SA: Yeah, but not as much as you might think. I mean it IS a serious business. You're there, you're getting paid a lot of money and you're expected to do a good job. It CAN get quite tense at times, especially in an action film when you're doing fight scenes. When you're doing stunts and there's guns firing, you can't be too jokey because you have a powerful instrument in your hands and you have to be safe. Everyone knew how much of a big deal it was and so everyone was in this together. I'd say it was... more respectful than running around having a laugh...

 

IMPACT: There's a lot of performers in The Expendables that know how to handle themselves on camera. Are we getting to the point where casting action films is getting more about the people who are up for the tougher challenges and regime rather than merely 'cutting away' to the stuntman who makes the actor look good?

SA: Yeah... I'm not sure that's always the way it is now...it should be. Certainly with Statham it is and Stallone has always got involved with his own stuff. You get regular actors who are trained to do martial arts and it's never shot the way it should be. If you pull the camera back and it's wide-angle and you let the fight-scene play out as it would in Hong Kong, you might see some of the western examples aren't as good as you might believe.  I thought films like The Matrix were shot well, but I've seen a lot of shakey-cam stuff to disguise things.

Eastern talent knows how to shoot scenes. You can have the best choreographed fight-scene there is, but if you don't film it properly, it's going to look like shit. It's making the hits work for angles that they shouldn't actually work at...it takes a degree of athleticism and precision to amke that punch or kick land in the right place for where the camera is, at some side angle. You fill the frame with movement and it's not just two people standing in the middle. There's an art to it. I worked with Hugh Jackman on Wolverine and he was absolutely brilliant at fight sequences because he comes from that song and dance background, he's a physical perfomer and picked it up SO easily. I mean, okay, he was jumping up and doing 360 degree spinning kicks (laughs)... but he understood all the rhythm and the timing and the distance.  It's a partnership, so that the other guy knows when a punch is going to come. It's not about outsmarting somone like it would be in a real fight... Watch Statham and I in that big fight and you can see we're going to do it ourselves...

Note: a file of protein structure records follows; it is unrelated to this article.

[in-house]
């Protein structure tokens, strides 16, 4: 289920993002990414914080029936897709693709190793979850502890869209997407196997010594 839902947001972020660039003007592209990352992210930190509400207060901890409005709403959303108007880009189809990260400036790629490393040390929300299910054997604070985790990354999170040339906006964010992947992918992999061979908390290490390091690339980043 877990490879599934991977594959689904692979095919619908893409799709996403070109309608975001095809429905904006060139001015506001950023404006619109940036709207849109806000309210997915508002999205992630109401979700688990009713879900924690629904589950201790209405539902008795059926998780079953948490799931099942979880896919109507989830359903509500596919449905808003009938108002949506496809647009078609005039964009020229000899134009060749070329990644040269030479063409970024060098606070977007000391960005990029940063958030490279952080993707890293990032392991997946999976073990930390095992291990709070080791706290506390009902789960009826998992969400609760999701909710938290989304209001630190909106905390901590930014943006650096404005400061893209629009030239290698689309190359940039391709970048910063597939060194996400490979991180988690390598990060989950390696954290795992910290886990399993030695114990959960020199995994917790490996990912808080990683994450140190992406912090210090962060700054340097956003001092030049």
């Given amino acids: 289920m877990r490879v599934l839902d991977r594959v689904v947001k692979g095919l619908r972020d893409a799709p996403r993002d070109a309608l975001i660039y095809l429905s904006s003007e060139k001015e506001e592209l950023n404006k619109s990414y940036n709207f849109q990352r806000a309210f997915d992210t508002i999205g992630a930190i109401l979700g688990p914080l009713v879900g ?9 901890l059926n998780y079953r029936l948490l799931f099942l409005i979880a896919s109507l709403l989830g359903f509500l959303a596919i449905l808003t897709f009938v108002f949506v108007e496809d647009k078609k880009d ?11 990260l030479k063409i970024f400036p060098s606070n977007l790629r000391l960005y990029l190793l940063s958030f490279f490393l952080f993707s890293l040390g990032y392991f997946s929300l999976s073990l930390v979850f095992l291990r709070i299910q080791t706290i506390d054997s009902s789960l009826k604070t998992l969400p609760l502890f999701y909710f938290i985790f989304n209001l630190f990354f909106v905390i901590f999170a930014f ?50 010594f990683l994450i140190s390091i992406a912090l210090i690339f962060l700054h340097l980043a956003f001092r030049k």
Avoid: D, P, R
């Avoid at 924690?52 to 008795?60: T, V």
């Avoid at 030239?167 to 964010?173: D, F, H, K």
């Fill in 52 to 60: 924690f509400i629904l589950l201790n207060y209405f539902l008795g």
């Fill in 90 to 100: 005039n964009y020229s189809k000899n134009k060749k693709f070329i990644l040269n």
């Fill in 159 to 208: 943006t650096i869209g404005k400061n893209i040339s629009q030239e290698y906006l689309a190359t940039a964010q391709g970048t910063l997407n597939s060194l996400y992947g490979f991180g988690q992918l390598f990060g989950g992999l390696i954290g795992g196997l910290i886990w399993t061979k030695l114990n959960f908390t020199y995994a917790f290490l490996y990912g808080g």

IMPACT: The climactic scene between you and Statham is a good example of people who look up to the job required of them.  Did that scene take a lot of time to prep?

SA: Y'know... me and Jason only had one day for that fight sequence and we were both unhappy about that. I don't think that comes across when you watch the fight. It works well and we're both good at what we do, but we didn't get to rehearse the scene together until we actually shot it as the schedule was shifting everywhere. There was  a massive workload for someone like Staham. Sure, it could be organsied better, but that's often the way it is with a film like The Expendables where you are trying to fit all the stars in and they have schedules of their own. I wished we had more time, but we're good and we got it done...